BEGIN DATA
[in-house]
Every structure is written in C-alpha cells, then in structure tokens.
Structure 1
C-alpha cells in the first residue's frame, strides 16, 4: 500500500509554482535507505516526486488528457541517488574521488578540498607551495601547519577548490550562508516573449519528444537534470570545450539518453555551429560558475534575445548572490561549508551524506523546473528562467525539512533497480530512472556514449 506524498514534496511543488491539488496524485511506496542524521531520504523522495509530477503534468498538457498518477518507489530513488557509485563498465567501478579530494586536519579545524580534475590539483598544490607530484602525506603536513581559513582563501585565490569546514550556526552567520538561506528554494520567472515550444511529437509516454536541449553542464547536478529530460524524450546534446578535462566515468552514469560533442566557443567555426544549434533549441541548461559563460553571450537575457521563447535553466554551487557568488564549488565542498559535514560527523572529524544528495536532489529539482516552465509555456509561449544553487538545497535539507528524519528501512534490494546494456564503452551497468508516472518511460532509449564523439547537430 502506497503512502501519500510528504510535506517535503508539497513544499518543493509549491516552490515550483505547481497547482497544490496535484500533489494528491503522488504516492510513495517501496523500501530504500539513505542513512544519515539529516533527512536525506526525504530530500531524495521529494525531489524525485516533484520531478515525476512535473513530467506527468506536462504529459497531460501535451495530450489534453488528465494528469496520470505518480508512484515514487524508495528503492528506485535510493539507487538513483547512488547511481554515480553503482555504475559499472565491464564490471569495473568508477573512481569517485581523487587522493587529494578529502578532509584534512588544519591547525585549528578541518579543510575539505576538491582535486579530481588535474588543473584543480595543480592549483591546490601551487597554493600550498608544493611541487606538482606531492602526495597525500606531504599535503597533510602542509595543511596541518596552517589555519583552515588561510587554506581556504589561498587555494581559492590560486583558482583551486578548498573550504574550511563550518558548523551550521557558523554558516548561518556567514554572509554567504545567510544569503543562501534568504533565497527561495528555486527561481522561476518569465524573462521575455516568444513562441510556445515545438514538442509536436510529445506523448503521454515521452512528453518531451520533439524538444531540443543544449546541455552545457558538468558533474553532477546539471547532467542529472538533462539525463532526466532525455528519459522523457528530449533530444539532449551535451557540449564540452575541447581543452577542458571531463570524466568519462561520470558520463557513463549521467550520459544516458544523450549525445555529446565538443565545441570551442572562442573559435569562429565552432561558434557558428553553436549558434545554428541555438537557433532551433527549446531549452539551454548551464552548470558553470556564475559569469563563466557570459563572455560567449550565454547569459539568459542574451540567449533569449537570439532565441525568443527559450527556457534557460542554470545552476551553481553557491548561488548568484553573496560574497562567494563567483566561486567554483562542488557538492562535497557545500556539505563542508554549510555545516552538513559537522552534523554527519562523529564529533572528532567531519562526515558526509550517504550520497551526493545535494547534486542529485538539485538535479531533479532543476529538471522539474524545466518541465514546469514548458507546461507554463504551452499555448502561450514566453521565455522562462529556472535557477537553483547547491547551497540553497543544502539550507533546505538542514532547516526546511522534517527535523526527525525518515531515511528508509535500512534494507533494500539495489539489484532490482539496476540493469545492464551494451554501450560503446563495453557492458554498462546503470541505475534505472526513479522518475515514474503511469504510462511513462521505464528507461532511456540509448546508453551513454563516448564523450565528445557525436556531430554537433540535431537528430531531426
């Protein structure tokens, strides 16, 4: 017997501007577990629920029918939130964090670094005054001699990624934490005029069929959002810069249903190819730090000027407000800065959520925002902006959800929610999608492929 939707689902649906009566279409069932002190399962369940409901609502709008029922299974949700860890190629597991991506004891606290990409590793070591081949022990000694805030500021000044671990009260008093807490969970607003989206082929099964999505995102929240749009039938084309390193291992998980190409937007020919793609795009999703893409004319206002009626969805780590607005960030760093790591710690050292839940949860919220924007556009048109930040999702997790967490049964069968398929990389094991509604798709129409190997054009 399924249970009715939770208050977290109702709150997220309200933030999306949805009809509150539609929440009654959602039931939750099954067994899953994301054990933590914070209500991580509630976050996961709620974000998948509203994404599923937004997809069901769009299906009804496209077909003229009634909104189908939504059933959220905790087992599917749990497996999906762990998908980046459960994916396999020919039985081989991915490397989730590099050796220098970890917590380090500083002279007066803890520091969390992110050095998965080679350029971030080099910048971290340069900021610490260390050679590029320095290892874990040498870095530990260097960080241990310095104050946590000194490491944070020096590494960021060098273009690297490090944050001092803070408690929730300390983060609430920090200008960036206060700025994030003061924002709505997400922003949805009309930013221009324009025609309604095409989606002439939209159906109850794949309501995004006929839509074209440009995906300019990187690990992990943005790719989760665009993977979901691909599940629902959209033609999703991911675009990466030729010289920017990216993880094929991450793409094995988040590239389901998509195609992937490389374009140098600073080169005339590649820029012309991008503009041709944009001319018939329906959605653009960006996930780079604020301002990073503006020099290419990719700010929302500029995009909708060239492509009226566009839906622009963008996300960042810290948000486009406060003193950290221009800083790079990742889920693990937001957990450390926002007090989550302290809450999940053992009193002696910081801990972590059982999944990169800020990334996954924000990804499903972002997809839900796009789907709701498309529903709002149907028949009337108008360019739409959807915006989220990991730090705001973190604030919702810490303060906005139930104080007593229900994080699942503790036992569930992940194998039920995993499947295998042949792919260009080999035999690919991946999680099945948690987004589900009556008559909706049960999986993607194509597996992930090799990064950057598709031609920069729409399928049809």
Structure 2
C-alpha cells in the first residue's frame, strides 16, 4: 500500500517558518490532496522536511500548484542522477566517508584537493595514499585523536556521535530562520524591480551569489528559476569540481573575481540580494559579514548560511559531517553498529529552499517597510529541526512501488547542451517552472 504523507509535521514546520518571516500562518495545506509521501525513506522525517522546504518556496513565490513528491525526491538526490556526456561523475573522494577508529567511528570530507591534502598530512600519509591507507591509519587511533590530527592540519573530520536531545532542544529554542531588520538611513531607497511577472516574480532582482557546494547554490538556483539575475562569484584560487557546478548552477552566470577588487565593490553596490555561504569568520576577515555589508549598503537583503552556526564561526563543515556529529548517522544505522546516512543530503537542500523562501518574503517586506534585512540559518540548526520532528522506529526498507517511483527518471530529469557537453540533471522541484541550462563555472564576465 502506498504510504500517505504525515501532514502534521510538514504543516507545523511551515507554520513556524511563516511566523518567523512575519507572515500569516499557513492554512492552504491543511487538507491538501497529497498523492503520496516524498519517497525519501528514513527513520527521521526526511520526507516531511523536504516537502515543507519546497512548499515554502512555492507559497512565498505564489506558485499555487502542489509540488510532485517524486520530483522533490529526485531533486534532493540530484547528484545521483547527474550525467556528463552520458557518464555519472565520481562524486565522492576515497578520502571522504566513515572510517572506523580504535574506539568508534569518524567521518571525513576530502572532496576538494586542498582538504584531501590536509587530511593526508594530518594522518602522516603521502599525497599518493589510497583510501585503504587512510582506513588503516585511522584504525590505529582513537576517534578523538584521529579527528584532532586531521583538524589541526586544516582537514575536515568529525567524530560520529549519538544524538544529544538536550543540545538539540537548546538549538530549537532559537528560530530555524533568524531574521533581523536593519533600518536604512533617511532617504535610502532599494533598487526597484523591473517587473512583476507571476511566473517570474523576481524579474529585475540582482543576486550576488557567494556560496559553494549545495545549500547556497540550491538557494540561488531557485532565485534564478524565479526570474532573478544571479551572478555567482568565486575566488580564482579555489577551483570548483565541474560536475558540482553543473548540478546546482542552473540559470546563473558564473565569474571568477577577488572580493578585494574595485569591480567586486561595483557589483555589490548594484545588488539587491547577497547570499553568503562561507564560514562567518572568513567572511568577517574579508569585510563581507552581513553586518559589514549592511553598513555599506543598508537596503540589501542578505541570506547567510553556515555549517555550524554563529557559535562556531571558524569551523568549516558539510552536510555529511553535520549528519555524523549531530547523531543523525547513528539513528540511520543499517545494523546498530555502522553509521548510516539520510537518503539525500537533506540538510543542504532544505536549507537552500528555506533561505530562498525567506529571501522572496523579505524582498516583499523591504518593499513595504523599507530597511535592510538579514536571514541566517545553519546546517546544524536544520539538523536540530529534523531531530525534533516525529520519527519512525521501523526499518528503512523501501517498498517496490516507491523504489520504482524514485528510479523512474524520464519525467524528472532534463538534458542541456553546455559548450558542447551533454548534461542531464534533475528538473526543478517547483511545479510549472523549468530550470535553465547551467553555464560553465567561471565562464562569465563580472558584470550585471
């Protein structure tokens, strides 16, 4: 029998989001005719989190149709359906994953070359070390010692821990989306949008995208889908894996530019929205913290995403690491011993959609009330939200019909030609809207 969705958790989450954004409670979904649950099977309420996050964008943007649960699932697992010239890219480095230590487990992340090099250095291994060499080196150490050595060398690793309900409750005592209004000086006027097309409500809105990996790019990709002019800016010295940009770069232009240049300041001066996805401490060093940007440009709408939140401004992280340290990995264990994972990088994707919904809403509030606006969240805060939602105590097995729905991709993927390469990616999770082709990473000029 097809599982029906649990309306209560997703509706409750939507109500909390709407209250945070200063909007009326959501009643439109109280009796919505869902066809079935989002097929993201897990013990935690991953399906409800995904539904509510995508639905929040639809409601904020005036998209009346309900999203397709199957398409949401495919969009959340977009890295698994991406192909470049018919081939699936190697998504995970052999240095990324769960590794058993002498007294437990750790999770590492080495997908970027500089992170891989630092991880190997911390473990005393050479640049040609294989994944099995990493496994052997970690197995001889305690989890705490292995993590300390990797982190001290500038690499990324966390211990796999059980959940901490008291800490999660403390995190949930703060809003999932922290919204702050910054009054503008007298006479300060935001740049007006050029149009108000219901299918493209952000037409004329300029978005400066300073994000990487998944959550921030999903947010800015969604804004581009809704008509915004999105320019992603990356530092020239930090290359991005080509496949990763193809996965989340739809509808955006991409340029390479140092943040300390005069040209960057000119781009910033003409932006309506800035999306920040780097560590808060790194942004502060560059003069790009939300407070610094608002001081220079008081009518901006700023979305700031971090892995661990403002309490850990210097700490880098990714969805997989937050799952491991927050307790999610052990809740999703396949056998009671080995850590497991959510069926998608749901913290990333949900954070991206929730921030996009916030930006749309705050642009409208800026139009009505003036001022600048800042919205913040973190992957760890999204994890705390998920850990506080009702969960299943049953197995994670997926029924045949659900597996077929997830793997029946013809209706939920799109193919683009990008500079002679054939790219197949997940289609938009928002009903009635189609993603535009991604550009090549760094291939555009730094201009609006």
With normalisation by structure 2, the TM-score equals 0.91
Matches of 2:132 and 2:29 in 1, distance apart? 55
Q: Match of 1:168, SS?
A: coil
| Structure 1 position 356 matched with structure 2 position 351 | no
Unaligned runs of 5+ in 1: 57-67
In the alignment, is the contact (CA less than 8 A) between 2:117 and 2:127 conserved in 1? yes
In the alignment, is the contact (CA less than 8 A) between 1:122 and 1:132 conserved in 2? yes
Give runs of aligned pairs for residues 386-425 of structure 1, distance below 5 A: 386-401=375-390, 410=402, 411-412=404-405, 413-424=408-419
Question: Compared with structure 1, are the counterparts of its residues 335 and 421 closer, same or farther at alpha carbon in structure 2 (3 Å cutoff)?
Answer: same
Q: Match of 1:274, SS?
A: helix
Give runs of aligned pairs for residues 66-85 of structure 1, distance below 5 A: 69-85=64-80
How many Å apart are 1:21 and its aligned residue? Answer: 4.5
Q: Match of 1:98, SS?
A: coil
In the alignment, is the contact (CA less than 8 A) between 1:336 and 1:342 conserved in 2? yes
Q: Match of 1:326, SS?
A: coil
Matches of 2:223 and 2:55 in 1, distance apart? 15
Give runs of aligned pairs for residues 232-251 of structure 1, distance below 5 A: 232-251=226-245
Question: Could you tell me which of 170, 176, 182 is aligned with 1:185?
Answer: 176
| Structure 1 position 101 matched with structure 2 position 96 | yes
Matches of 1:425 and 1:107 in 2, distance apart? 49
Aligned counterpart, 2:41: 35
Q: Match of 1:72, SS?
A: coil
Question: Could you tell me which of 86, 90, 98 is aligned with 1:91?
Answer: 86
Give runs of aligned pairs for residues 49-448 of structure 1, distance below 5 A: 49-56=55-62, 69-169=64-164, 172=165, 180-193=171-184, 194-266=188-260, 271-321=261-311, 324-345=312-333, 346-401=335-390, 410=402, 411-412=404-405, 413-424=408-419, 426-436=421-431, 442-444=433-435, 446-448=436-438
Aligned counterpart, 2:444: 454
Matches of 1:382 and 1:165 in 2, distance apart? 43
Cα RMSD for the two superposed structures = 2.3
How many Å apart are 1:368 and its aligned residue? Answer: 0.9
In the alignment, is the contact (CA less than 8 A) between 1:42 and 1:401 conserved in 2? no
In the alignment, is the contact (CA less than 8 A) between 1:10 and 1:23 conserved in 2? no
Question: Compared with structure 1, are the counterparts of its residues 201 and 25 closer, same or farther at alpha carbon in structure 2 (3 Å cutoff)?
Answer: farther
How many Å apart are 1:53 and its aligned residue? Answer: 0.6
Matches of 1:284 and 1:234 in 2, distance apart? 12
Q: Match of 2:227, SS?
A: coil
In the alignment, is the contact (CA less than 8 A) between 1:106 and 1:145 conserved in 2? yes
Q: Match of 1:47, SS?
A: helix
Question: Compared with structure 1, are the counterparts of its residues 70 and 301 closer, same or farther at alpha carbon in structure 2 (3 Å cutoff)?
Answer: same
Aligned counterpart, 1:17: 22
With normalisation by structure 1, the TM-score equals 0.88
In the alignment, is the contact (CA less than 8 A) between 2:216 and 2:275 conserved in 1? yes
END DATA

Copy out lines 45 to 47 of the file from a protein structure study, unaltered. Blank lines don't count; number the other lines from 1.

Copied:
In the alignment, is the contact (CA less than 8 A) between 1:42 and 1:401 conserved in 2? no
In the alignment, is the contact (CA less than 8 A) between 1:10 and 1:23 conserved in 2? no
Question: Compared with structure 1, are the counterparts of its residues 201 and 25 closer, same or farther at alpha carbon in structure 2 (3 Å cutoff)?